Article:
April is Community College Month and Lorain County Community College is celebrating by sharing stories of students and graduates. Learn more at www.lorainccc.edu/ccmonth
Judge Robert White of the Elyria Municipal Court credits LCCC with an affordable start to his career
It was 40 years ago that Robert White came to Lorain County Community College after dropping out of The Ohio State University. There were many reasons White left, but cost led the way.
“My dad was an assembly line worker at Ford Motor Company and they went through a layoff process, so a lot of it was about cost,” White says. “I thought I should come back and go to work.”
White came home and began working in a factory but was laid off during the 1980s recession. He eventually got a job as a carpet installer and started attending LCCC part time in the evenings. He says the college’s accessibility and affordability was a blessing.
“I am so grateful to LCCC for being there so I could get back on track with my career,” White says.
That career path led White to transfer about 40 LCCC credits to Cleveland State University where he earned a bachelor’s degree in 1987. Then White attended Cleveland-Marshall College of Law, earning his Juris Doctor degree in 1991.
White has since spent 26 years practicing law before federal, state and local courts and administrative agencies. And today he is Judge Robert C. White in the Elyria Municipal Court.
“I work hard and always have,” White says. “I earned all my degrees while working during the day and attending classes in the evenings and caring for my family.”
White didn’t know her at the time, but his wife, Anita, graduated from LCCC with an associate degree in nursing. She went on to earn her bachelor’s and master’s degrees, and is now a clinical nurse specialist serving veterans at the Louis Stokes Cleveland VA Medical Center.
But the list of White family members who got their start at LCCC doesn’t end there. White’s oldest son went to LCCC before transferring to The University of Akron. Then he followed in his father’s footsteps and earned his law degree at Cleveland-Marshall College of Law, too. White’s two younger children enrolled in LCCC’s College Credit Plus courses while attending Midview High School.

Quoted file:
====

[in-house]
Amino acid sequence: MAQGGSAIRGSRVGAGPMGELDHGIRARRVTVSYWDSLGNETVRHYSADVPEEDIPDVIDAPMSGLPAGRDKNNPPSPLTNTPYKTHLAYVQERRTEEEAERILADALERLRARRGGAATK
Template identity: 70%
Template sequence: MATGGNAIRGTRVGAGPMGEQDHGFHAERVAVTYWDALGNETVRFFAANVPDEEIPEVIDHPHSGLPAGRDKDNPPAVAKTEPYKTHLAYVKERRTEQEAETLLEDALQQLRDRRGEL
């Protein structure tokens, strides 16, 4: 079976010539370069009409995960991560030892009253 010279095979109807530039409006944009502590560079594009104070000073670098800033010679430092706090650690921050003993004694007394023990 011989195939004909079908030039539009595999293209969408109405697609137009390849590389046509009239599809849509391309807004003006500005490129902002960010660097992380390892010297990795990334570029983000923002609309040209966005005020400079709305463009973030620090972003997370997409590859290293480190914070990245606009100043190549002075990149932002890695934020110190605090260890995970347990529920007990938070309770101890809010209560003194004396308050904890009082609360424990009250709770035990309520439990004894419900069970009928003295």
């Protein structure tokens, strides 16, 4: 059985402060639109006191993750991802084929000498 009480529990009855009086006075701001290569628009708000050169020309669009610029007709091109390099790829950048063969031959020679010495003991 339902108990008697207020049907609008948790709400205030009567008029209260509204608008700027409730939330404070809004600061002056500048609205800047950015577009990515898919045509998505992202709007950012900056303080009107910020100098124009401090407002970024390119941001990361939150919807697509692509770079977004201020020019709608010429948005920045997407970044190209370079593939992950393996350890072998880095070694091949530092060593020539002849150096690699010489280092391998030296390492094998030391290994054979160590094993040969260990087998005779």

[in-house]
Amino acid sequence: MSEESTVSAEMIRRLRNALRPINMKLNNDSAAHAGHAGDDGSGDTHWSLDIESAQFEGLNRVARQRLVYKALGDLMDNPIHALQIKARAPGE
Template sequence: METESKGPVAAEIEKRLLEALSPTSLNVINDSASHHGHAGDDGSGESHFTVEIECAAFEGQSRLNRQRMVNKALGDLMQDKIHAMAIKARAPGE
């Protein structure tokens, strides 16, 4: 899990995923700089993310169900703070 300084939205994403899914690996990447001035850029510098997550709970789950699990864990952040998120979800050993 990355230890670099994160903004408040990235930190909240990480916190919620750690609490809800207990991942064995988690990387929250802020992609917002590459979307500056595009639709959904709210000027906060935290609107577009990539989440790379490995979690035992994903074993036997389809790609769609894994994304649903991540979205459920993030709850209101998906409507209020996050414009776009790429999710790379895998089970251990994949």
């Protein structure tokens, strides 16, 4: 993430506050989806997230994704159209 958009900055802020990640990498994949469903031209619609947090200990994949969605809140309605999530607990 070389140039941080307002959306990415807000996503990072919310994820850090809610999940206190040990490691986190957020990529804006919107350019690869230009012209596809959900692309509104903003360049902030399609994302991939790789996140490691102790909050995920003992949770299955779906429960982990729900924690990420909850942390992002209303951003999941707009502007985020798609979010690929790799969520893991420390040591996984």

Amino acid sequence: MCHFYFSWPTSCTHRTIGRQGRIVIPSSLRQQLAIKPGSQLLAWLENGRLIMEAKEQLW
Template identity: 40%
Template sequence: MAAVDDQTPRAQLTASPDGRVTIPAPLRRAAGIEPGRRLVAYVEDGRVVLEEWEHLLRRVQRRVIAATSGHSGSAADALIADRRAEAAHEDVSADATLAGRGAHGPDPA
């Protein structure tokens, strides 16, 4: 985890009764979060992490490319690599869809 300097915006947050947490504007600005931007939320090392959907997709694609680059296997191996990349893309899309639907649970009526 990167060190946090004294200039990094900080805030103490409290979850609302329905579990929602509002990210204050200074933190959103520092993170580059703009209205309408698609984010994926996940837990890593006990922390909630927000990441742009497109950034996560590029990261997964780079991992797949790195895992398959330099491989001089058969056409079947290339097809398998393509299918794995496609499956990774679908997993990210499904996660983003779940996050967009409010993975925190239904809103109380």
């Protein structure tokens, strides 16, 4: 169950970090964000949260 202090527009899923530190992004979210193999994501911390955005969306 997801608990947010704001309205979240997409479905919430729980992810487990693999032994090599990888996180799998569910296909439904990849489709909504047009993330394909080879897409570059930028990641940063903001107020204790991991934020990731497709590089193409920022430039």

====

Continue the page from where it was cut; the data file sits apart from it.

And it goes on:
“It was a huge benefit to them heading into college with at least a year head start,” White says.
“They knew they could handle college classes before even stepping foot on a campus and now both enjoy very successful careers.”
White’s brother, Greg White – former county prosecutor, U.S. attorney and federal magistrate judge – also went to LCCC.
“So many of our family members attended LCCC,” White says. “We are all so very grateful for LCCC.”
Tuition rates bring many students to LCCC, but White says its accessibility can help retain students and keep them on track toward their degree, whether they earn one from LCCC or transfer to another institution.
“You can be to campus in 20 minutes and are likely to see some familiar faces,” he says. “And being able to be at home while younger students are in their first year, especially during that maturing process, makes LCCC a good option.”
The Greatest Asset
Aside from the semester White spent at OSU, he’s lived his entire life in Lorain County. White grew up in Oberlin, moved to Elyria while attending LCCC and stayed there for 10 years. He and his family moved to Carlisle Township in 1994 and have lived there since. White is committed to Lorain County and says the college is its greatest asset.
“LCCC makes education accessible to everyone,” White says. “The reputation that LCCC has is providing a quality education. I think it’s one of the best community colleges in the country.”
White isn’t sure where Lorain County would be – educationally, economically or culturally – without LCCC. And as someone with an affinity for manufacturing because of his and his dad’s history working assembly lines, White says the connection between local employers and LCCC has always been strong.
“LCCC is an economic engine,” White says. “It’s amazing what it’s done over the years in terms of the workforce. Employers rely on LCCC to ensure their employees have the right training.”
While some aspects of LCCC will never change, White admires the college for the ways in which it has changed and evolved – from the campus itself to the University Partnership program established in 1998.
“LCCC has an amazing reputation of providing quality education. That’s even more important when you consider the fact that you can go there and get a four-year degree without leaving campus,” he says.
White returned to that campus in March 2021 to administer the Oath of Office for LCCC District Board of Trustees member, Jessie Tower. He periodically visits for various community meetings, but this visit made White reflect on his time there and the college’s growth since then.
“The campus is twice as big since I attended, maybe more,” White says. “It’s changed, but it’s still such an asset for students – even more so today.”